- Does living by an intersection raise insurance rates?
- August 18, 2011
No one ever thinks a trip to the grocery store as dangerous. But just a few years ago if you made that trip through the intersection of Flamingo Road and Pines Boulevard in Pembroke Pines, Fla., you were risking your life.
That intersection, where two six-lane roads intersect near a major shopping mall, was once the most dangerous intersection in the United States. Over a two-year period in the mid-2000s, there were 357 traffic accidents at the intersection, even though it had signals and designated turn lanes.
The designation as “most dangerous” intersection came from State Farm Insurance. Dick Luedke, a spokesman for the company, was involved in the project that looked at the most dangerous intersections in the country.
“We did that study 10 years ago, and we’re still getting feedback on it today. We really struck a nerve,” said Luedke.
State Farm took the unusual step then of not only listing the most dangerous intersections, but offering to work with communities to help them improve the safety of those intersections. Luedke said State Farm offers a $100,000 grant to each of the communities on the nation’s most dangerous intersection list and $20,000 grants to communities that were among the most dangerous in their state, but not on the national list.
Many of the communities, including Pembroke Pines, took State Farm up on its offer, but many others did not.
“There were some logistical, and in some cases, legal issues that inhibited some of them from taking part,” said Luedke. “And certainly some turned us down because they did not believe their intersections were flawed, and that their intersection should not have been on our list.”
In addition, some communities challenged the company’s methodology. “We didn’t pretend to have the definitive list. Auto safety was the goal, and this was an effective way to do this. We got way more attention than we ever imagined we would.”
While most insurance companies are recognized for responding in the wake of a disaster, Luedke says State Farm in this instance wanted to be proactive.
“It is in our interest to be concerned about auto safety,” said Luedke.
He pointed out that State Farm is the nation’s largest auto insurer with 18 percent of policies, and with that comes a lot of accident data. (Allstate is second with 11 percent.)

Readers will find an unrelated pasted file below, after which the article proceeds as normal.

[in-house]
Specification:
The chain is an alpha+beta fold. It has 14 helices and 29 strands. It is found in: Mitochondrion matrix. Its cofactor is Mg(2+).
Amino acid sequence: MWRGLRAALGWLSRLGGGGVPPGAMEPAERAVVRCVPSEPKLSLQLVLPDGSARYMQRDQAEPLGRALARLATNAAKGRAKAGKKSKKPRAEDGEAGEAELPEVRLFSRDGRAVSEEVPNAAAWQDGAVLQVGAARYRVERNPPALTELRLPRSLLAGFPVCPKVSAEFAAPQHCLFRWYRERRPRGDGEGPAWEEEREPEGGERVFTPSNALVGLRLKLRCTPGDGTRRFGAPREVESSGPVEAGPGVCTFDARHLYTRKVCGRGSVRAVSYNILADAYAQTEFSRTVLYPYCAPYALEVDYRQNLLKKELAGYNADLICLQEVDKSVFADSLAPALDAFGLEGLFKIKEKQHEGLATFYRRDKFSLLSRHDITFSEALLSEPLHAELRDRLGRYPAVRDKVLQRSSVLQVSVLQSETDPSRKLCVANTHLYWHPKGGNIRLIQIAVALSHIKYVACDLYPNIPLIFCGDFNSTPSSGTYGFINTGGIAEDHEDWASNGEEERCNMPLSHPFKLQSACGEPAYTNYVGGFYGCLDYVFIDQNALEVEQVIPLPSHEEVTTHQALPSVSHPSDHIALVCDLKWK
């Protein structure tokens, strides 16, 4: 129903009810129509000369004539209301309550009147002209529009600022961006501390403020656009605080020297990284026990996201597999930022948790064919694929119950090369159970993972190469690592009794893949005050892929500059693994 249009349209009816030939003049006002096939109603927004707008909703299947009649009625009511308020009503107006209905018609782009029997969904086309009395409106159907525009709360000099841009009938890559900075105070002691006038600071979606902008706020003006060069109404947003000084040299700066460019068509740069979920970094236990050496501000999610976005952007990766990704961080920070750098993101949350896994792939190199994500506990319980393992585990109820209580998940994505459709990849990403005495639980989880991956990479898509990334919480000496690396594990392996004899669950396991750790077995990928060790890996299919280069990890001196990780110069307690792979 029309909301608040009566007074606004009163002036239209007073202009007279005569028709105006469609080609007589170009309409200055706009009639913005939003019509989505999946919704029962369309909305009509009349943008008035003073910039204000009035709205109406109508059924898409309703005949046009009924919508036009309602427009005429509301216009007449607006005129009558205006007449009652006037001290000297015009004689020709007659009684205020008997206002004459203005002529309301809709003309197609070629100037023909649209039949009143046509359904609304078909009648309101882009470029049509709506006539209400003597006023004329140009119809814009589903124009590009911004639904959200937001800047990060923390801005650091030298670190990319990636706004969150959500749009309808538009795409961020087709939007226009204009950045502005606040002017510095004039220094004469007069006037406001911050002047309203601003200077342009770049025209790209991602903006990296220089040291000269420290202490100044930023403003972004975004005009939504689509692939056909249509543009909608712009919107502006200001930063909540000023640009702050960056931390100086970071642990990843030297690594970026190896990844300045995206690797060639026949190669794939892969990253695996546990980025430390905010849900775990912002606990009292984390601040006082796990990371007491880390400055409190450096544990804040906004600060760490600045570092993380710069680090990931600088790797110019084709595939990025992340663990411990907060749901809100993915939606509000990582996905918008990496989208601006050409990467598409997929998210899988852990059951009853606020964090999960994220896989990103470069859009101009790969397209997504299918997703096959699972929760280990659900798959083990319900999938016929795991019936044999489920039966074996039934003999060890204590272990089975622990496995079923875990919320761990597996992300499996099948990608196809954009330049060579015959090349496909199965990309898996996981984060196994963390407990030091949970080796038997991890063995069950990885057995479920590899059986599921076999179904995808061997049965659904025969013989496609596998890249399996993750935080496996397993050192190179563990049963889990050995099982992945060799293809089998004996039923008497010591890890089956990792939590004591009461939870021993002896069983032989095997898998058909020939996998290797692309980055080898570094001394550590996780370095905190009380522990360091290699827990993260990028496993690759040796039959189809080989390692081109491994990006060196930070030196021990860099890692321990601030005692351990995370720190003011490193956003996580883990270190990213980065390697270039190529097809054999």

Luedke said that when State Farm created its list, the company wasn’t trying to get communities to redesign their intersections, although in some cases that was necessary.
“There were cheaper fixes out there, like better signage,” said Luedke. “That was the thrust, showing that it didn’t have to be expensive to fix the problem.”
Joining Pembroke Pines on that list was Red Lion Road and Roosevelt Boulevard in Philadelphia (331 accidents); Clearview Parkway and Veterans Memorial Boulevard in Metarie, La. (328 accidents); 51st Street and Memorial Drive in Tulsa, Okla. (304 accidents); and State Highway 121 and Preston Road in Frisco, Texas (280 accidents).
So what makes an intersection dangerous?
Kelly Hanahan, a public affairs specialist for the Federal Highway Administration, says the amount of traffic is an obvious reason, but less obvious is road construction, signage (or the lack of it), traffic control devices (or the lack of them), visibility, particularly if there are a lot of trees or weeds obscuring visibility.
The Federal Highway Administration also said dangerous intersections don’t have to be on busy roads, either. While highways with lots of traffic get most of the attention, fully 50 percent of traffic accidents happen on rural roads. And based on the percentage of accidents against traffic counts, some rural roads can have a higher accident rate than major highways or interstates.
Federal Highway Administration statistics show that there were 33,808 traffic fatalities in the nation in 2009 with 7,043 of them – nearly 21 percent – at or near intersections.
“Intersection safety is a national, state and local priority,” says the FHWA website. “Intersections represent a disproportionate share of the safety problem. As a result, organizations such as the FHWA, National Highway Transportation Safety Administration, the Institute of Transportation Engineers, the American Association of State Highway and Transportation Officials, the American Automobile Association, and other private and public organizations are devoting resources to help reduce the problem.”
Hanahan says most intersection fatalities occur during daylight under so-called normal weather conditions when it’s not raining or snowing. In addition, she said one-third of all intersection fatalities occur at intersections with signals, even though only a small percentage of the nation’s intersections have signals.
For drivers who want to find out where the most dangerous intersections are in their area, Hanahan says the FHWA compiles an annual report from all 50 states that lists the top five percent of highway accident locations.
Hanahan says drivers can help minimize accidents at any intersection by buckling up, eliminating distractions by putting down the cell phone, not drinking or eating while driving and slowing down.
“Reducing speed allows a driver to make better decisions and reduces the severity of a crash should one occur,” says Hanahan.
On the other end, communities and states are working with insurance companies and other traffic organizations to improve intersection safety. In Florida, State Farm Insurance is working with Pembroke Pines by helping fund safety studies. Pembroke Pines, with a population of 150,000, took advantage of a 20,000 dollar grant for a safety study from State Farm, and because the intersection of Flamingo Road and Pines Boulevard is one of the most dangerous in the nation, the town also used a 100,000 dollar grant to make safety improvements by adding more east-west lanes to improve traffic flow.
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